First off, I apologize for the recap not being up last night, but by the time I got back to the homestead it was already well into this morning. Please forgive me just this once.
Now, the game itself was phenomenal. The late start had the Pepsi Center buzzing reminiscent to game six in last year’s playoffs. In the first quarter, Denver overcame an eleven point deficit to finish tied at the end of twelve minutes. Carmelo was struggling. He was too cute with the basketball around the rim which gave the officiating crew every reason to not reward him with free-throw opportunities on possible fouls and he was just not taking the ball to the rack with the kind of determination to finish at the rim warranted by this kind of game atmosphere. There wasn’t going to be anything easy against the Spurs and the Nuggets had to fight hard for everything they wanted. Give credit to the Spurs veteran defense in this regard because it was their commitment to the defensive end that resulted in an eight point lead going into the half via a 28-20 second quarter.
Often times throughout my organized basketball career I have heard a coach say at halftime that the first five minutes of the second half are going to dictate how this game plays out. My high school coach was famous for making a speech that went a little bit like this, “Boys, we’ve proven we can dance around the ring with them. Now it’s a matter of whether or not you believe in yourselves enough to go out there and put their lights out.” He usually would continue, “They’re just ball players in different get-ups. Ask yourselves, do you want to win tonight or do you want to lose tonight? You’ll let me know in the first five minutes.”
And after the first five minutes of the third quarter, it was apparent that the Nuggets had decided to win. They had taken their lumps in the second quarter due to a defensive mindset being applied by the Spurs, chose to acknowledge that defense was the key to this game’s outcome, and pasted the Spurs with a 34-19 third quarter. Kenyon Martin played excellent defense on Tim Duncan. So did Eduardo Najera. Camby shut almost everything down on the weak side. The Nuggets collectively rotated as a unit, not just helping out the man who was beat, but also making a note of helping out the man who is helping out. And that’s what we like to call, “Help, recover, and recover again- defense”.
The Spurs were obviously disheveled by the new and improved Denver Nuggets defense and as the defense did its job the offense came alive. Led by Carmelo’s new found toughness around the rim and a renewed confidence in his jump shot, Anthony (who only scored eight points in the first half) scored the first seven Denver points in the second half on his way to a 14-point third quarter.
The Nuggets also figured out the Spurs primary offensive game plan. Work the ball strong side to Duncan with pick and roll sets with either Ginobili or Parker, and if the play doesn’t develop, the weak side positioned big man sets a screen to free open a three-point shooter in the swing side corner. San Antonio must have ran this set over twenty times in the second half, and with the combination of Kenyon Martin, Eduardo Najera, and Marcus Camby all working together down low, AC, AI, ‘Melo, and J.R. Smith all fighting hard over the first screen in the pick and roll, and over the swing side screen down low the Spurs offense sputtered. In fact, the Spurs sputtered all but to a stop as San Antonio scored a measly 42 points in route to getting drummed throughout the fourth quarter by a margin of 8-10 points, and for the half 63 to the aforementioned 42.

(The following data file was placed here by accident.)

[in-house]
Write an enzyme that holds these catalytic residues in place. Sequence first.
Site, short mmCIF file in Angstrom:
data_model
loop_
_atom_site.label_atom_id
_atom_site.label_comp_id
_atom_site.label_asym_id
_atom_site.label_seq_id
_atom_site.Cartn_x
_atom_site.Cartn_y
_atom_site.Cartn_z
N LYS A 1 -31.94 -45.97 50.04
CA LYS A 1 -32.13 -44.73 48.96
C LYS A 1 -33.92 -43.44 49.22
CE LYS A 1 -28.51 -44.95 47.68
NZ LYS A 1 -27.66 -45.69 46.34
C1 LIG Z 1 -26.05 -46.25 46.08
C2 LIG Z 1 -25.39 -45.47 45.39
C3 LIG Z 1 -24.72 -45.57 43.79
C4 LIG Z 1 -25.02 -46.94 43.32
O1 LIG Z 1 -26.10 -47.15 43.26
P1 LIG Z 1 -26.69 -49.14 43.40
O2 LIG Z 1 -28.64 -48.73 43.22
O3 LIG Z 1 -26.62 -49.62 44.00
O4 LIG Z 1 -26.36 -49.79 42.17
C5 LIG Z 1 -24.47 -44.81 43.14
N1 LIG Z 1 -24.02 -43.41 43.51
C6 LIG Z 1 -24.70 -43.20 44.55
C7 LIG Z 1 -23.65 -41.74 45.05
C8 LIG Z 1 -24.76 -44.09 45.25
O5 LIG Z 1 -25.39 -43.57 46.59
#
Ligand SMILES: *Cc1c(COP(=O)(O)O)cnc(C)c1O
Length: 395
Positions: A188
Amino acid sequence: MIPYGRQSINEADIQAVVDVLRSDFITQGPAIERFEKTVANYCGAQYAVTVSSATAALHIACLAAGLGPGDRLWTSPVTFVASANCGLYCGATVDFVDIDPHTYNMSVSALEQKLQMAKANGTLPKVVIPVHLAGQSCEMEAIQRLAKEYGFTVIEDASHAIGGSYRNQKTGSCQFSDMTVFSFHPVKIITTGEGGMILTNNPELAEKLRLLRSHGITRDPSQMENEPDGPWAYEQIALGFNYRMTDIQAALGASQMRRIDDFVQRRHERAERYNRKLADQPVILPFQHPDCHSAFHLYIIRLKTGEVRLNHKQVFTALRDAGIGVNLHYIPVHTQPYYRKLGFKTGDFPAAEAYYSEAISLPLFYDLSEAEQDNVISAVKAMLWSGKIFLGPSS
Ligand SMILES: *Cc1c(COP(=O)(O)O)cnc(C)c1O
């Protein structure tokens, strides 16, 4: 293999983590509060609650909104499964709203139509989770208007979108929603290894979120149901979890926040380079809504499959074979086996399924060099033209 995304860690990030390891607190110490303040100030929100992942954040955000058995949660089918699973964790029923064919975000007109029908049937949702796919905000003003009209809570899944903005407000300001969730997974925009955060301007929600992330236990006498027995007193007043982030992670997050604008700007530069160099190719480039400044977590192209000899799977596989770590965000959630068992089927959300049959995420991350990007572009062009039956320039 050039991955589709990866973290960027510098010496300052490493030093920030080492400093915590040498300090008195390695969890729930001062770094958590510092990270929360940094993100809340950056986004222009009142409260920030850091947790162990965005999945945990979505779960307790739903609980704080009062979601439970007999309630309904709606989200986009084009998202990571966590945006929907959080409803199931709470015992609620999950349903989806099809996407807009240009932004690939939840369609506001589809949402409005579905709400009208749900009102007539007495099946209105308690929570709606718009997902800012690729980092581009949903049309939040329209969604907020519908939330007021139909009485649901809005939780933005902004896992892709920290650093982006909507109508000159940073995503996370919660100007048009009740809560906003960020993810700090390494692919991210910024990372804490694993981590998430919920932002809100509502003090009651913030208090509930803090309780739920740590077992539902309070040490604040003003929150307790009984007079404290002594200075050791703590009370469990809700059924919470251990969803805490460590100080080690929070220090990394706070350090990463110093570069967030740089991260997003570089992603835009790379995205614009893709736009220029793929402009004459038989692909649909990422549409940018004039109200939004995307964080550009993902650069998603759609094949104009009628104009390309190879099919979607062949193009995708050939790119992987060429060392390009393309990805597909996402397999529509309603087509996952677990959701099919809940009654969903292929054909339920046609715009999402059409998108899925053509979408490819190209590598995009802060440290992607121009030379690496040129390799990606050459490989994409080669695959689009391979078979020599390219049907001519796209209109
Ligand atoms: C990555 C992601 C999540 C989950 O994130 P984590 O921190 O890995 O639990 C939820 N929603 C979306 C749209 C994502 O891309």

I’ve mentioned how good Najera was on defense in his 25 minutes of quality burn, but his biggest impact may have been as the Nuggets’ third scoring option. Eduardo was patient cutting to the basket and by timing up his slash, post-penetration, by either Iverson or Anthony he found himself, numerous times, the recipient of a slick dime and an uncontested lay-up. See, Eduardo waited for his man to commit to helping out the man beaten by penetration before he would slip towards the basket. By doing so, he not only keeps his man away from his penetrating teammate initially, but he also sets a trap on the defense and gives the man who penetrates an outlet to pass to if and when the help commits. Implementing the fundamentals, Edaurdo finished tonight’s game with 19 points on 8-10 shooting, six rebounds, two assists, and a pair of steals. Bravo, El Grande de Chihuahua. Bravo.
Another Nugget that put in a great overall effort was J.R. Smith .There were a couple of “J.R.” moments in the first half, but in the end Smith played good help-recover-recover defense, man-to-man defense, and efficient offense. Smith scored 15 points on 6-10 shooting (3-5 from long range), ripped three steals, and handed out two assists. And there was no trey bigger than his fourth quarter dagger with under 90 seconds remaining that gave the Nuggets a, 107-94, advantage.
Carmelo and AI combined for 54 points, with AI’s 29 leading all scorers. The Answer dished out nine assists and ‘Melo snatched eight rebounds. Camby grabbed a game-high 13 rebounds while scoring eight points and Kenyon Martin, despite not having a huge game statistically, was as instrumental of a piece as anyone finishing with eight points, five rebounds, and a steal.
This game proved something to me. The old axiom says, “Adversity doesn’t give character, it reveals it.” Tonight against the Jazz, and after last night’s game, it would appear as if the Nuggets do have a strong character. They can play good defense if they choose to and they can beat anyone this league puts in front of them. Now it’s time to juke and jive on the Jazz!